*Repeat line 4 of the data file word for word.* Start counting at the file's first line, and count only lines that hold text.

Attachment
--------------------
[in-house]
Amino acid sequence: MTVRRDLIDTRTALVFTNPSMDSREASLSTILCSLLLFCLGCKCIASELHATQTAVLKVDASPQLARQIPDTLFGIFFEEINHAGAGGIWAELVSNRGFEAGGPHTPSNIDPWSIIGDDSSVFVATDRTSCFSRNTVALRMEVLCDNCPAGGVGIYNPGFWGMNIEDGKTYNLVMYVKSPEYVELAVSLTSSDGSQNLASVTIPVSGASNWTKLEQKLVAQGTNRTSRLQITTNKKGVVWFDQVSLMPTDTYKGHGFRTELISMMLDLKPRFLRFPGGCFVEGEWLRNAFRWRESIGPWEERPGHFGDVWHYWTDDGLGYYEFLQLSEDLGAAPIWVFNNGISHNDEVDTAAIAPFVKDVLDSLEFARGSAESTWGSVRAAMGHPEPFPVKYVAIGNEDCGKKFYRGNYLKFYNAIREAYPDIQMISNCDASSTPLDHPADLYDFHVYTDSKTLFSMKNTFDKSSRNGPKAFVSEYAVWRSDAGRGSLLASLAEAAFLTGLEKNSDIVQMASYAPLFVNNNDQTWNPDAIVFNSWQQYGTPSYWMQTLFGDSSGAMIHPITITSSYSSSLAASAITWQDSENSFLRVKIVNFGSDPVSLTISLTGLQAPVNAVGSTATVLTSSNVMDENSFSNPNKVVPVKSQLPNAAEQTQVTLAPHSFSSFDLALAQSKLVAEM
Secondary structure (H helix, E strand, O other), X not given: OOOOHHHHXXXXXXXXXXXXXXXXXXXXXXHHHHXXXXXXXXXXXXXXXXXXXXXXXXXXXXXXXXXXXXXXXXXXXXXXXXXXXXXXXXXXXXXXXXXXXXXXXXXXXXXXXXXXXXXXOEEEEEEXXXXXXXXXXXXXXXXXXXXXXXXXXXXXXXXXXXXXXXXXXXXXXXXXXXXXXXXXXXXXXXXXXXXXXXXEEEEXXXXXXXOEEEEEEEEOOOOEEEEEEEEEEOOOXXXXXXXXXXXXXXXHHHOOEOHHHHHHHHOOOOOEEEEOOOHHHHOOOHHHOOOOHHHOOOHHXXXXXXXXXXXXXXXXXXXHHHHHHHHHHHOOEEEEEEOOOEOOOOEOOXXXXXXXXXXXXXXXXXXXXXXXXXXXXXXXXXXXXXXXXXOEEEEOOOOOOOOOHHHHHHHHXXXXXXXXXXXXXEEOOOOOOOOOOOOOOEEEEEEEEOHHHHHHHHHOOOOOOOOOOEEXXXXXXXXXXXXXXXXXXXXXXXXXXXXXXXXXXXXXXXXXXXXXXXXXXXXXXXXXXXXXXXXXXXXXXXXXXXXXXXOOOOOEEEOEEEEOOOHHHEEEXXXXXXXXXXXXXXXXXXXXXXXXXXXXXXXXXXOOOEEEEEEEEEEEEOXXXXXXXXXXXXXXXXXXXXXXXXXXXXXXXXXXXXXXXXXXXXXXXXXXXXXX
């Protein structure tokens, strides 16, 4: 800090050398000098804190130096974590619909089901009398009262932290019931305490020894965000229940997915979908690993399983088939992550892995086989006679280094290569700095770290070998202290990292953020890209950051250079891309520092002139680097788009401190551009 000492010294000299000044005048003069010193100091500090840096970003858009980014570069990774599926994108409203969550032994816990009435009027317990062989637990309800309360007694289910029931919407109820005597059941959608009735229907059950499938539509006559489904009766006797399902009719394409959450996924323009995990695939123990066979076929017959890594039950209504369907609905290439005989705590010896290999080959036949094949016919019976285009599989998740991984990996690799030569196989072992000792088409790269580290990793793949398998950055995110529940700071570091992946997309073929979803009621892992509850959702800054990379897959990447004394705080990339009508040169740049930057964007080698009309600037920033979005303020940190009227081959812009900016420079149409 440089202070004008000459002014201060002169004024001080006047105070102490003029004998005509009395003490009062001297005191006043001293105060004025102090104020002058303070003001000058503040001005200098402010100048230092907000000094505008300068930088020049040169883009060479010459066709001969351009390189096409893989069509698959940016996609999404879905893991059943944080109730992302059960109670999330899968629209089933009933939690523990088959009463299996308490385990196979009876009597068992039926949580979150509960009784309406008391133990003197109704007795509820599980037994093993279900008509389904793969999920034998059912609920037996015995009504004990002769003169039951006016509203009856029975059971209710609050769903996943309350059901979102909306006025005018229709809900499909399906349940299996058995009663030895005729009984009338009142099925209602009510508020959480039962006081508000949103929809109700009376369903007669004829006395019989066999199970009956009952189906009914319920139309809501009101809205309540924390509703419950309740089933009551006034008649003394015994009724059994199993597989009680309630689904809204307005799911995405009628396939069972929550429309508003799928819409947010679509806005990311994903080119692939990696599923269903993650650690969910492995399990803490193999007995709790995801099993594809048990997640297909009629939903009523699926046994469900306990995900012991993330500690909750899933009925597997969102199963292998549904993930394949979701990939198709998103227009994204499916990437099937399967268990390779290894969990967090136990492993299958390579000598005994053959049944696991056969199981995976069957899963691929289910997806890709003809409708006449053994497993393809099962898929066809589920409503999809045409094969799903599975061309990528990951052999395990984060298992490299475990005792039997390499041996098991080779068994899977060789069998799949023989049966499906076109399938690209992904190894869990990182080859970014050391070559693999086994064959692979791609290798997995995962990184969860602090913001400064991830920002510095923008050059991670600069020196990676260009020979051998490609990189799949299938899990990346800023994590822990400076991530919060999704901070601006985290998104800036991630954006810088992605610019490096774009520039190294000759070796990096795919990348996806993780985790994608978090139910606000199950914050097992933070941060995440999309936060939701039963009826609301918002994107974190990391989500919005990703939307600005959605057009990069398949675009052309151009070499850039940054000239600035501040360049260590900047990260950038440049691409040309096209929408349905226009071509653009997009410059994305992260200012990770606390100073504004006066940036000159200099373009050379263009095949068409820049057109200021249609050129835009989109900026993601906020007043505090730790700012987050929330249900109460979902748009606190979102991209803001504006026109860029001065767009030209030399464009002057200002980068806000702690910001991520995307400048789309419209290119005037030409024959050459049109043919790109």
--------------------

């Protein structure tokens, strides 16, 4: 800090050398000098804190130096974590619909089901009398009262932290019931305490020894965000229940997915979908690993399983088939992550892995086989006679280094290569700095770290070998202290990292953020890209950051250079891309520092002139680097788009401190551009 000492010294000299000044005048003069010193100091500090840096970003858009980014570069990774599926994108409203969550032994816990009435009027317990062989637990309800309360007694289910029931919407109820005597059941959608009735229907059950499938539509006559489904009766006797399902009719394409959450996924323009995990695939123990066979076929017959890594039950209504369907609905290439005989705590010896290999080959036949094949016919019976285009599989998740991984990996690799030569196989072992000792088409790269580290990793793949398998950055995110529940700071570091992946997309073929979803009621892992509850959702800054990379897959990447004394705080990339009508040169740049930057964007080698009309600037920033979005303020940190009227081959812009900016420079149409 440089202070004008000459002014201060002169004024001080006047105070102490003029004998005509009395003490009062001297005191006043001293105060004025102090104020002058303070003001000058503040001005200098402010100048230092907000000094505008300068930088020049040169883009060479010459066709001969351009390189096409893989069509698959940016996609999404879905893991059943944080109730992302059960109670999330899968629209089933009933939690523990088959009463299996308490385990196979009876009597068992039926949580979150509960009784309406008391133990003197109704007795509820599980037994093993279900008509389904793969999920034998059912609920037996015995009504004990002769003169039951006016509203009856029975059971209710609050769903996943309350059901979102909306006025005018229709809900499909399906349940299996058995009663030895005729009984009338009142099925209602009510508020959480039962006081508000949103929809109700009376369903007669004829006395019989066999199970009956009952189906009914319920139309809501009101809205309540924390509703419950309740089933009551006034008649003394015994009724059994199993597989009680309630689904809204307005799911995405009628396939069972929550429309508003799928819409947010679509806005990311994903080119692939990696599923269903993650650690969910492995399990803490193999007995709790995801099993594809048990997640297909009629939903009523699926046994469900306990995900012991993330500690909750899933009925597997969102199963292998549904993930394949979701990939198709998103227009994204499916990437099937399967268990390779290894969990967090136990492993299958390579000598005994053959049944696991056969199981995976069957899963691929289910997806890709003809409708006449053994497993393809099962898929066809589920409503999809045409094969799903599975061309990528990951052999395990984060298992490299475990005792039997390499041996098991080779068994899977060789069998799949023989049966499906076109399938690209992904190894869990990182080859970014050391070559693999086994064959692979791609290798997995995962990184969860602090913001400064991830920002510095923008050059991670600069020196990676260009020979051998490609990189799949299938899990990346800023994590822990400076991530919060999704901070601006985290998104800036991630954006810088992605610019490096774009520039190294000759070796990096795919990348996806993780985790994608978090139910606000199950914050097992933070941060995440999309936060939701039963009826609301918002994107974190990391989500919005990703939307600005959605057009990069398949675009052309151009070499850039940054000239600035501040360049260590900047990260950038440049691409040309096209929408349905226009071509653009997009410059994305992260200012990770606390100073504004006066940036000159200099373009050379263009095949068409820049057109200021249609050129835009989109900026993601906020007043505090730790700012987050929330249900109460979902748009606190979102991209803001504006026109860029001065767009030209030399464009002057200002980068806000702690910001991520995307400048789309419209290119005037030409024959050459049109043919790109």